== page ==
The very first car that I bought, in my 2nd (3rd?) year at Stellenbosch, was a secondhand (maybe third?)light yellow VW Passat. For the first time, I was a member of the VW family.

The car cost me R2500 and I purchased it thanks to a student loan from the Standard Bank.

My next car was bought in Oudtshoorn at the commencement of my military service at the Infantry School. It was a brand new burgundy red Toyota Corolla with a white stripe, and cost R7000 odd. It ended up in the car graveyard in Rawsonvillle. I wrote about that earlier in a previous blog.

Then I returned to the VW family – a white Jetta (thanks to Bruce) and then a few more Jetta’s and a bright red Kombi thanks to Pick ‘n Pay.

The big time was hit when the Merc was delivered, and the low time when it was collected, after Pick ‘n Pay paid me to resign.

Then followed the French Peugeot era, the one with the glass fishbowl top and the white  diesel one that became Pera’s wheels.

She had arrived there via a VW golf, a red Bantam Bakkie (truck), and a red CitiGolf.

When Pera got the white Peugeot from me, I replaced it with the silver Merc station wagon, and when she thought that a Merc could also be a boat, it ended up in the Markman graveyard and I bought the X-Trail.

Yesterday, thanks to our Salesman Sean and Group 1, the Peugeot was replaced with a white Polo 1.6 TDI Comfortline and so Pera returns to the VW family.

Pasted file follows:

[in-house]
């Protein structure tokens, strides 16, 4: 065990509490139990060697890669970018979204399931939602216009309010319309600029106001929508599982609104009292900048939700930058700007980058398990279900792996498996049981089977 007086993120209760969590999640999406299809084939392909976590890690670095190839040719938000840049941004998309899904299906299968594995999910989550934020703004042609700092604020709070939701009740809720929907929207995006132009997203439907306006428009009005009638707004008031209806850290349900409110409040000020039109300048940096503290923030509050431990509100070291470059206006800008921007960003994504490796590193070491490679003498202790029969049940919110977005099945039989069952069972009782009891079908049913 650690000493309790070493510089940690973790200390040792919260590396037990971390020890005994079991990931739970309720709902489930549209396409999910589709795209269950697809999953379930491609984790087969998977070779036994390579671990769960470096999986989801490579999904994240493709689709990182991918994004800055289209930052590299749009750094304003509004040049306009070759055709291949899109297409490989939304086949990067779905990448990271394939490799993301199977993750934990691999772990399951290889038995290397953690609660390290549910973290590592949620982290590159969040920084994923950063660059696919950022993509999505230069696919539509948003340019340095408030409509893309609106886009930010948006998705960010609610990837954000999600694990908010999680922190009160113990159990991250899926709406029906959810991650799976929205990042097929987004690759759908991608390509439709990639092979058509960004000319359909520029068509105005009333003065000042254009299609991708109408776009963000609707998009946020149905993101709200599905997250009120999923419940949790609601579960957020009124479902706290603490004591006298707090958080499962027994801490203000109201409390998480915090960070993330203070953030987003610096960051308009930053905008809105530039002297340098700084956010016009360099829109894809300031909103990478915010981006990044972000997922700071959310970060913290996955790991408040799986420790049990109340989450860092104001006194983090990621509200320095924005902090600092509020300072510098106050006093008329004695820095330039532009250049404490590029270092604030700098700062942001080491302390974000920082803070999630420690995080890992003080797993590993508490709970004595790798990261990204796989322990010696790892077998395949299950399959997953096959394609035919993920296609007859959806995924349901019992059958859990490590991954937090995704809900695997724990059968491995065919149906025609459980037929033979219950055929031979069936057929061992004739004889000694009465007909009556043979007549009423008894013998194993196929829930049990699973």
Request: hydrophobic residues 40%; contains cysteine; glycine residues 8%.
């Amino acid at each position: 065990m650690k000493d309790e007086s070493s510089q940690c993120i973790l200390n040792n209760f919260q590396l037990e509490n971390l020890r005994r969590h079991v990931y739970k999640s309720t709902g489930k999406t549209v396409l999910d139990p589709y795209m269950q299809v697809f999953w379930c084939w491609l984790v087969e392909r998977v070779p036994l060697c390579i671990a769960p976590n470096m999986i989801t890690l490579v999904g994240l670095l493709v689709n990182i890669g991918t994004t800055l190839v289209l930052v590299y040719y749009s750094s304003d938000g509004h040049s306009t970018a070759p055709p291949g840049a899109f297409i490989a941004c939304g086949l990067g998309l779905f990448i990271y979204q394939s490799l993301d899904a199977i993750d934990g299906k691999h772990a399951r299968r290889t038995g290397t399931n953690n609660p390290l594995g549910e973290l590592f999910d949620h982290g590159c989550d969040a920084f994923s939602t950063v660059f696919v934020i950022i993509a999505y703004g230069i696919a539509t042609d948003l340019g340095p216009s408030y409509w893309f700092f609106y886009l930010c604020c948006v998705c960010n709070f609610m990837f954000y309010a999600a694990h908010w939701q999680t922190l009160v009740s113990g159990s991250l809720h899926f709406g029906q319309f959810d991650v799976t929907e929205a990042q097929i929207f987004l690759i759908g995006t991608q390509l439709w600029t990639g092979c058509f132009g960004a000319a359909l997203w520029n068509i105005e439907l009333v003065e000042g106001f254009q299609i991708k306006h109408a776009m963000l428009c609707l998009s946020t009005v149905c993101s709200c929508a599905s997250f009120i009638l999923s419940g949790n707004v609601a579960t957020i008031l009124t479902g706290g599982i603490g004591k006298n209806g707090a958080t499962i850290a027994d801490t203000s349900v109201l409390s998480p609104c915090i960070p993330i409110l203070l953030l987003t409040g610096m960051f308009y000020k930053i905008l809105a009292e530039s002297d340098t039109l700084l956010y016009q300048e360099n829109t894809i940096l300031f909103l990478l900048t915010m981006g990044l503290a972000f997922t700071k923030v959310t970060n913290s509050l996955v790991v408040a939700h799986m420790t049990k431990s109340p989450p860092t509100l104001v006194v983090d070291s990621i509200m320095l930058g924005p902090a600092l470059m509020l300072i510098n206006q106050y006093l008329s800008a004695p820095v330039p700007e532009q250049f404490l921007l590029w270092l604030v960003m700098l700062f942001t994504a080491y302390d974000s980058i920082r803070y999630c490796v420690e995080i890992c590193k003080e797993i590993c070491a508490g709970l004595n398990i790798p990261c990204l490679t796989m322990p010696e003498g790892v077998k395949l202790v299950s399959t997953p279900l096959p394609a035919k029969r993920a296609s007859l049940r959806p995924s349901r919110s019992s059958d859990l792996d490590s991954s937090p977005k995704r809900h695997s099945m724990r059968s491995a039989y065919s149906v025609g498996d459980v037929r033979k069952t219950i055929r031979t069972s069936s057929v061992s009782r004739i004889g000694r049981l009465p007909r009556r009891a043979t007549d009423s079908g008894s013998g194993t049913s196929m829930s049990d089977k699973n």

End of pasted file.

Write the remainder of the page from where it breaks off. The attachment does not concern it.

In the meantime, Sean started his vehicle life with the black Polo which has since become Phillip’s wheels. I’m too lazy to get up and look in the filing cabinet to see what the price was, but I could put a few of my first Jetta’s into that Polo! 

So Phillip’s inThe Family!

As for Sean, it’s a different car every day, but that’s the nature of his job. May he sell many more!

And my X-Trail makes me X-Family. 

I’m feeling sad that I may not drive her anymore and she’s feeling lonely locked up in the garage. So I guess we are going to have to find a new caring owner for her. Until then, she’ll come out on high days and holidays! Thats’s what happens when you are not part of The Family. It’s sometimes weddings; often funerals.

“But this is my life and I’m passing on the memories” …


 

In the Waiting Room …

I’m sitting in the waiting room at Greenacres Hospital.

I’ve been here before. MRI scans, CAT scans etc – not my favourite place! I think of that horrible tunnel! Chunk chunk chunk bang boom cheeeet …

Now its Ultrasound on my hip!

Surrounded by hordes of people each with his/her own battle, otherwise they wouldn’t be here!

I wonder what each is thinking … It gives me time to think too … It’s been a tumultous week!

But now must go … I’ll continue later …

The Merry Month of May

(c) 2015 Edward C Lunnon